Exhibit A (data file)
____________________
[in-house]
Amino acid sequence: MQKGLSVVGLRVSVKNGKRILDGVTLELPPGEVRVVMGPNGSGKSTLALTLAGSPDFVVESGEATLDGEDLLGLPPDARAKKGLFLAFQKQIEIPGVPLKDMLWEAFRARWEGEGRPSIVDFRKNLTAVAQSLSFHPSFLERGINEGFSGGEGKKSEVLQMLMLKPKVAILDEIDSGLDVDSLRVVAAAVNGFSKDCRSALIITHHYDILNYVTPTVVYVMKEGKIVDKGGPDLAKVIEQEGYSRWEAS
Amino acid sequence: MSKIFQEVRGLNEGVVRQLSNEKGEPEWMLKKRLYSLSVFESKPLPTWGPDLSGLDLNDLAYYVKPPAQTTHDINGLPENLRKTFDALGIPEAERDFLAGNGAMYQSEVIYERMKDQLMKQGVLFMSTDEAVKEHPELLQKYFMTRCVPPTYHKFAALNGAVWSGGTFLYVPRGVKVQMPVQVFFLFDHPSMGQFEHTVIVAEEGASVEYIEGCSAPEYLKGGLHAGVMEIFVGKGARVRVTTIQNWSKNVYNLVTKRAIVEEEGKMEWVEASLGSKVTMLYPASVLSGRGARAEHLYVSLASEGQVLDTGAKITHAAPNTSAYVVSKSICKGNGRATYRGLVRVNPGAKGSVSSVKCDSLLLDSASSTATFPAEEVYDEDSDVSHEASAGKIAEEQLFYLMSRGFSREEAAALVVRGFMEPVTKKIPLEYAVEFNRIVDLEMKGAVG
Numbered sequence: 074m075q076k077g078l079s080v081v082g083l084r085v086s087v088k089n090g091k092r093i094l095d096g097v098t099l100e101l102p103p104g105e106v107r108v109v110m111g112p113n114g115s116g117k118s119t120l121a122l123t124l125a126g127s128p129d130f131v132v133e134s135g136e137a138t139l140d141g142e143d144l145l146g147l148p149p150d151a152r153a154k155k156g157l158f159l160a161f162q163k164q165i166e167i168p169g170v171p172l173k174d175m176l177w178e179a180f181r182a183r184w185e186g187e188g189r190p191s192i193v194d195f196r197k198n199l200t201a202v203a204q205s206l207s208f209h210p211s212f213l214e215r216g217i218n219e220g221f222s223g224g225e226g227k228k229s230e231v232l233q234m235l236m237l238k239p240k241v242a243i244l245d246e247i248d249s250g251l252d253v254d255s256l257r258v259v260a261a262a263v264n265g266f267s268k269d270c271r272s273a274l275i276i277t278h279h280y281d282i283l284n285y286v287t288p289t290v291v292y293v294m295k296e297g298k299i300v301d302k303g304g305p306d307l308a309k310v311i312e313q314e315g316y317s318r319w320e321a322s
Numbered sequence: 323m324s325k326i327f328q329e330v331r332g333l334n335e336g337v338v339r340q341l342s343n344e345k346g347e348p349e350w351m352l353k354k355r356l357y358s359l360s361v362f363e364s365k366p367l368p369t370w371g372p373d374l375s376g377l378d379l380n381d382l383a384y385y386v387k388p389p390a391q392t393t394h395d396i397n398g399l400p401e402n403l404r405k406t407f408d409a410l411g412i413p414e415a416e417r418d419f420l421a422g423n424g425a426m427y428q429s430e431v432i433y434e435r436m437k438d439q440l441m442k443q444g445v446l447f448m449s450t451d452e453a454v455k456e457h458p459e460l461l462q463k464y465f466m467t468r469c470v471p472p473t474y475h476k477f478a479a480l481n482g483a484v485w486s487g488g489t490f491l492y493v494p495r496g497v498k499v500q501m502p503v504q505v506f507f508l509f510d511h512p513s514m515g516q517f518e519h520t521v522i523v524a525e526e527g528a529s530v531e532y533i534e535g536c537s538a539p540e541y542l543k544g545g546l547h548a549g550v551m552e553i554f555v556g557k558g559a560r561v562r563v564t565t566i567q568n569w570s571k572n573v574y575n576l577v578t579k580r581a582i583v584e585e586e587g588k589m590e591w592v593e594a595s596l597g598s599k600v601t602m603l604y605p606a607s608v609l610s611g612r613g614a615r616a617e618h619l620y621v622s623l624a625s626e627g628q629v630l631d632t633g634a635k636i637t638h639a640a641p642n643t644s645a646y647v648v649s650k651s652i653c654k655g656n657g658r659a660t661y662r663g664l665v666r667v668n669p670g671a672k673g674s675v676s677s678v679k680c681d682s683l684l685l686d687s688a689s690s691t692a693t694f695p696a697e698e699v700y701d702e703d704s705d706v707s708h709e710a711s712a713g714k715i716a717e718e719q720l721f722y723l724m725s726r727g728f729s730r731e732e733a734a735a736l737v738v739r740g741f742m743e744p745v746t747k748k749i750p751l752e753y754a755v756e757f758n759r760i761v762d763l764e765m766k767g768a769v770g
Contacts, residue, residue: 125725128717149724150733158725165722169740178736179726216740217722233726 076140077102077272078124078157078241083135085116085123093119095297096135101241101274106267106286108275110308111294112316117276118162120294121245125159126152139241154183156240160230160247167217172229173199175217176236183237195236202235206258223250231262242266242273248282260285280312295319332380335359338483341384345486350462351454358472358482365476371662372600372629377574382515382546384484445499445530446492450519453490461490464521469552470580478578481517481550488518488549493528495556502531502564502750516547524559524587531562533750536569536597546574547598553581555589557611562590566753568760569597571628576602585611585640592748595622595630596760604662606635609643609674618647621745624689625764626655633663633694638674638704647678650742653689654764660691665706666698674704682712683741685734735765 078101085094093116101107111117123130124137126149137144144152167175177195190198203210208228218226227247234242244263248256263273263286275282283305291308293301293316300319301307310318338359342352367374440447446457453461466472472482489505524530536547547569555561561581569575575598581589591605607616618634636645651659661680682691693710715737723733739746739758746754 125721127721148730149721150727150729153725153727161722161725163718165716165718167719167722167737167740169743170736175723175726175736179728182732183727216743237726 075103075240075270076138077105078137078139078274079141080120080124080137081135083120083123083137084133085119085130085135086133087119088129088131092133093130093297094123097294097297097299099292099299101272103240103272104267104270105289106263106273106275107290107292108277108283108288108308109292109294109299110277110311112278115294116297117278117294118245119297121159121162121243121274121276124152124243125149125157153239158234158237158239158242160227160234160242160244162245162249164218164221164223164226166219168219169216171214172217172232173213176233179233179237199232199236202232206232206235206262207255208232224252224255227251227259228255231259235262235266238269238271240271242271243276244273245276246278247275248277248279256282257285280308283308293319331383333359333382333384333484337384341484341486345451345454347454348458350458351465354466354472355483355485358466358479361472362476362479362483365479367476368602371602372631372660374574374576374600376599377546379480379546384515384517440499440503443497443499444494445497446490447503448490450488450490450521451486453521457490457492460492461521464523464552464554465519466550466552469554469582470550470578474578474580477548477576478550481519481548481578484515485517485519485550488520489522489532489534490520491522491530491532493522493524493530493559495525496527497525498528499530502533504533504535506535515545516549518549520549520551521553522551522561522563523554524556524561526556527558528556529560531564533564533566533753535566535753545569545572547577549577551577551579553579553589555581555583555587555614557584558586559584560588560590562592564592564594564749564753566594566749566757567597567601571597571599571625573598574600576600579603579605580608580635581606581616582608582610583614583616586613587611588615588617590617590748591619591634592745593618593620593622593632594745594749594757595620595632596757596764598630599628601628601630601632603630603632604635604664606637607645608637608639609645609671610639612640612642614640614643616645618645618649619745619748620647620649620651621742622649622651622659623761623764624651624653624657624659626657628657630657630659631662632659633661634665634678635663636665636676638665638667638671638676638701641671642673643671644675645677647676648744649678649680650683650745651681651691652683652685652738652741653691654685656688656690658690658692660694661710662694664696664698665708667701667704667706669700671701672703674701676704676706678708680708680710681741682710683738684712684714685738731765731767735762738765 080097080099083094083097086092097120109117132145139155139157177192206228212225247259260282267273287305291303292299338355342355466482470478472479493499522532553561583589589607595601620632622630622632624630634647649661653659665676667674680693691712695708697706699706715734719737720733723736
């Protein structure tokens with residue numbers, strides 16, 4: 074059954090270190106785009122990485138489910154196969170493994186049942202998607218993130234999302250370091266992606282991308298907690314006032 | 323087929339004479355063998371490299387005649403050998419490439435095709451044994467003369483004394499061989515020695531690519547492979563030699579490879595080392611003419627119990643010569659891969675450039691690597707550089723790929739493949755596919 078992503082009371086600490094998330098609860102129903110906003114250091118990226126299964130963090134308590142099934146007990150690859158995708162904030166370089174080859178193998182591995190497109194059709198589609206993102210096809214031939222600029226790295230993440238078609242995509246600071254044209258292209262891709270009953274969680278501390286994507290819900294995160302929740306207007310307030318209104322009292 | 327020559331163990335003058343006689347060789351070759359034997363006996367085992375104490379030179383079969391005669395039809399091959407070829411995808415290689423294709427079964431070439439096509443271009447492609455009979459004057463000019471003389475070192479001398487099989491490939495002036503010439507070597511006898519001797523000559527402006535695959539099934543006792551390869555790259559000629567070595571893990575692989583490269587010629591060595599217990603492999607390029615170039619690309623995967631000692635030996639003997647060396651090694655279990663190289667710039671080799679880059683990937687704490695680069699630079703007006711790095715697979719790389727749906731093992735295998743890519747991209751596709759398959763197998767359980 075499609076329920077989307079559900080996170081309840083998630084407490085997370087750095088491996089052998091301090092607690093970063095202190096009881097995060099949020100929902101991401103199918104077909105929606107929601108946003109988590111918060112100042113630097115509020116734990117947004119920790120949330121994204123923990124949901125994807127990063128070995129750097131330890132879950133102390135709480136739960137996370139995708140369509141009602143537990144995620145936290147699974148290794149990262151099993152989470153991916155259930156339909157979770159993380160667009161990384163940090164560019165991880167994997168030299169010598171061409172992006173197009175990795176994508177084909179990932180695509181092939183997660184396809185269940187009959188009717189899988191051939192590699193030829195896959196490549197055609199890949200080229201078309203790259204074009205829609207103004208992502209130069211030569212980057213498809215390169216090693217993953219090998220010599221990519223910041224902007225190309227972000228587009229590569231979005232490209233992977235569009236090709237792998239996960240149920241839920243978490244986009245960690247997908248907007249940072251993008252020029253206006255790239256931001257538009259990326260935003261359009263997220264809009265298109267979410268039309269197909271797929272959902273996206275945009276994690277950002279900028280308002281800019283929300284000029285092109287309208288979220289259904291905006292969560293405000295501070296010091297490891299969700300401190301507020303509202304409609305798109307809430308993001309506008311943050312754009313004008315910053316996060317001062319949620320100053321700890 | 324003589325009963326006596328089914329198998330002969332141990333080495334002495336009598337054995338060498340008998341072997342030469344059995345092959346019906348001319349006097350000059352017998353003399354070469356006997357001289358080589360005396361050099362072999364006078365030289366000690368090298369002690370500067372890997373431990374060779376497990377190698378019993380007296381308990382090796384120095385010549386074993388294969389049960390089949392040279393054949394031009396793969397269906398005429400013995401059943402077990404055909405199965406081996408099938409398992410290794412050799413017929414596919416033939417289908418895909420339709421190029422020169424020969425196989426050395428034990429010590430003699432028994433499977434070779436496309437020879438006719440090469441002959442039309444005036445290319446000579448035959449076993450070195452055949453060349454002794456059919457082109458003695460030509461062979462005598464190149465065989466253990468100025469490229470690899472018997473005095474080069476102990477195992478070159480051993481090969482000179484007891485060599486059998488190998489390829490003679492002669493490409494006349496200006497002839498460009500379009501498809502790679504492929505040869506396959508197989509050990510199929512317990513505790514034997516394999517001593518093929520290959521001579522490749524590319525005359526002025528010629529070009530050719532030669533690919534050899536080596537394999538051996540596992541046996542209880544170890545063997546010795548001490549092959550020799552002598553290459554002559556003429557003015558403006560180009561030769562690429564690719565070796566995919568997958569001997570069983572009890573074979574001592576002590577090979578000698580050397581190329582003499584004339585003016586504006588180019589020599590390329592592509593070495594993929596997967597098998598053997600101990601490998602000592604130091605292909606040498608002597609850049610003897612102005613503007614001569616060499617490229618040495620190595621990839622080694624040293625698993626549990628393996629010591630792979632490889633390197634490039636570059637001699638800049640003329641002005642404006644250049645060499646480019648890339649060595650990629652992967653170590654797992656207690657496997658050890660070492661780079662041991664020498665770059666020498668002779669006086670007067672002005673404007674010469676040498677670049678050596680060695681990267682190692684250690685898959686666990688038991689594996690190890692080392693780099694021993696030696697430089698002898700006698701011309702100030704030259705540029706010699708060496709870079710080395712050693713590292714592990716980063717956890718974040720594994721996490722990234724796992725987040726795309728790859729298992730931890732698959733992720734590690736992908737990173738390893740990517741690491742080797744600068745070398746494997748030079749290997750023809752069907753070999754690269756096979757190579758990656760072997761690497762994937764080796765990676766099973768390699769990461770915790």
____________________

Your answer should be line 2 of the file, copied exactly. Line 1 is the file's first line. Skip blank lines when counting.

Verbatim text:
Amino acid sequence: MQKGLSVVGLRVSVKNGKRILDGVTLELPPGEVRVVMGPNGSGKSTLALTLAGSPDFVVESGEATLDGEDLLGLPPDARAKKGLFLAFQKQIEIPGVPLKDMLWEAFRARWEGEGRPSIVDFRKNLTAVAQSLSFHPSFLERGINEGFSGGEGKKSEVLQMLMLKPKVAILDEIDSGLDVDSLRVVAAAVNGFSKDCRSALIITHHYDILNYVTPTVVYVMKEGKIVDKGGPDLAKVIEQEGYSRWEAS